Richard Schulze made the plea in a letter he sent today to the board. It seems to be part of a PR campaign to rally shareholder support for his effort to take the consumer electronics chain private — in the hope that investors will pressure the board to cooperate with him. “I am deeply concerned about the direction of the company and, as Best Buy’s largest shareholder, I cannot simply stand aside,” he says. Last week Schulze, who controls 20.1% of the equity, said he was prepared to offer as much as $26 a share for the company, roughly $8.8B. (It closed yesterday at $19.36.) Schulze says today that the board dismissed his offer as a “highly conditional indication of interest” and hasn’t allowed him to form a group of private equity firms and lenders that could look at the books to solidify their offer. “I still hope to work with the Board on a mutually beneficial transaction – but you should know that I am not going away,” Schulze writes. “All I am asking is your permission to conduct due diligence and form a group so that I can quickly be in a position to give the Board a fully financed offer for your consideration.” Best Buy is incorporated in Minnesota, and the laws there make it virtually impossible for someone to acquire a company if the board opposes it.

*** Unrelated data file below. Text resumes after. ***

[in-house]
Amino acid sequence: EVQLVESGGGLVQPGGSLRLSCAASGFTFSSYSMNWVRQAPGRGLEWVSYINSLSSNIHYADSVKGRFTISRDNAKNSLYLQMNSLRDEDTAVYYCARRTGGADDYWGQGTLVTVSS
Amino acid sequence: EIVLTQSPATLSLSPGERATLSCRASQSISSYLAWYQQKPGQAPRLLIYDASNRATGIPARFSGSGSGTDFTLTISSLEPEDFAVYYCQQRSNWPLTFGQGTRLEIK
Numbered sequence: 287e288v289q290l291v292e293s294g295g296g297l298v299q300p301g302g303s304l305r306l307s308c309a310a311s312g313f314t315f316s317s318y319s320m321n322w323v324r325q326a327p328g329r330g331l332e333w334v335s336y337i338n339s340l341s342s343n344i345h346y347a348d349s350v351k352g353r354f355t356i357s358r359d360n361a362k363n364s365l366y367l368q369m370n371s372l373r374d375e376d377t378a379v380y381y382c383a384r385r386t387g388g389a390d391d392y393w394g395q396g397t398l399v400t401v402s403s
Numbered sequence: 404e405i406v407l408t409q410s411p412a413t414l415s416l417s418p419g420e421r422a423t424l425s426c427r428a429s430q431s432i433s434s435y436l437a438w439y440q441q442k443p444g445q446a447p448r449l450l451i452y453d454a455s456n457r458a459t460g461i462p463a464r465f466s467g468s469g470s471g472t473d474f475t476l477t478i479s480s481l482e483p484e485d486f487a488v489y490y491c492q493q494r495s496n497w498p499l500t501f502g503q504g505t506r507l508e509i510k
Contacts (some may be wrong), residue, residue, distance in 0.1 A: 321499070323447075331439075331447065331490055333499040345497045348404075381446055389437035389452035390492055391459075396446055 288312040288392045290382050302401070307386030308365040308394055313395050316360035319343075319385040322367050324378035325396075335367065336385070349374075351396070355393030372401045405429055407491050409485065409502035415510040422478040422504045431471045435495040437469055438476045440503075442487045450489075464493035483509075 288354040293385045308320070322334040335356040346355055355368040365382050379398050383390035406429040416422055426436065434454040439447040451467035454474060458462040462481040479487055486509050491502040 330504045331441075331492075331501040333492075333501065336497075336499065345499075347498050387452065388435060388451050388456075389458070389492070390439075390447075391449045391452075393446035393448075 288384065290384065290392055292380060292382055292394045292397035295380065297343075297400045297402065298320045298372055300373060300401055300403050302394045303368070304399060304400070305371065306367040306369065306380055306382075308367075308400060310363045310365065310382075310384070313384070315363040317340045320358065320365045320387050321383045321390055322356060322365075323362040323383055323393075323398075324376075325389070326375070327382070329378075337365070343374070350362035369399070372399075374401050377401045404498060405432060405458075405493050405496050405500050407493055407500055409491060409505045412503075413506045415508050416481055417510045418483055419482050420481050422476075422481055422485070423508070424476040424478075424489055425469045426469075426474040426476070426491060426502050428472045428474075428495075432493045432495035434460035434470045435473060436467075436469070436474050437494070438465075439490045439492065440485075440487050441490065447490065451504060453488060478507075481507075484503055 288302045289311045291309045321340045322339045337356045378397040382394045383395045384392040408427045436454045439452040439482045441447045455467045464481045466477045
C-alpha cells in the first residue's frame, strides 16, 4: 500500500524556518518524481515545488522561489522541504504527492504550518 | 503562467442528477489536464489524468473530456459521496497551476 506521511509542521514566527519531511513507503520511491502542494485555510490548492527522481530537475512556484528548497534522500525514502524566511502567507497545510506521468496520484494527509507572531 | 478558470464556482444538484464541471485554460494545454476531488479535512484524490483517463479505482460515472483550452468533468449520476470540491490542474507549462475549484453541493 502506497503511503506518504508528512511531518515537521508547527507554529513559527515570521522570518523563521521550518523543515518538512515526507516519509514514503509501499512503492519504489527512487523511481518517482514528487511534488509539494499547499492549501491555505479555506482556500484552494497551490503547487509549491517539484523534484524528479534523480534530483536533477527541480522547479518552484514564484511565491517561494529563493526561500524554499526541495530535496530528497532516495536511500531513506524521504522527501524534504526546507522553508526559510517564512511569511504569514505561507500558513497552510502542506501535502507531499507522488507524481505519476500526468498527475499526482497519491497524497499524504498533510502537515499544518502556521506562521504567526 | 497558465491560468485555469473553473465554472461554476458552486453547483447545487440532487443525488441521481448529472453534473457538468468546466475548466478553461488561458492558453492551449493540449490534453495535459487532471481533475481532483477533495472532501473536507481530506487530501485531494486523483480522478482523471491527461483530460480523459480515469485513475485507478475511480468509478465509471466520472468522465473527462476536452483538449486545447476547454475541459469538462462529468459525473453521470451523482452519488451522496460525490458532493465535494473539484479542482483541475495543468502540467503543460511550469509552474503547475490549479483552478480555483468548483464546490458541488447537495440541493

Schulze says that “value is eroding every day” and his offer would enable the company to “take the strong actions that will be required to get back on track” as it struggles to compete with Walmart and online retailers led by Amazon. Shareholders like the news: Best Buy shares are +1.5% in early trading. But Wedbush Securities’ Michael Pachter says today that even though the board “has been slow to drive innovation at Best Buy during a crucial time in its history,” Schulze likely will need a big partner to complete his take-over plan “and we do not think he will find such a partner.”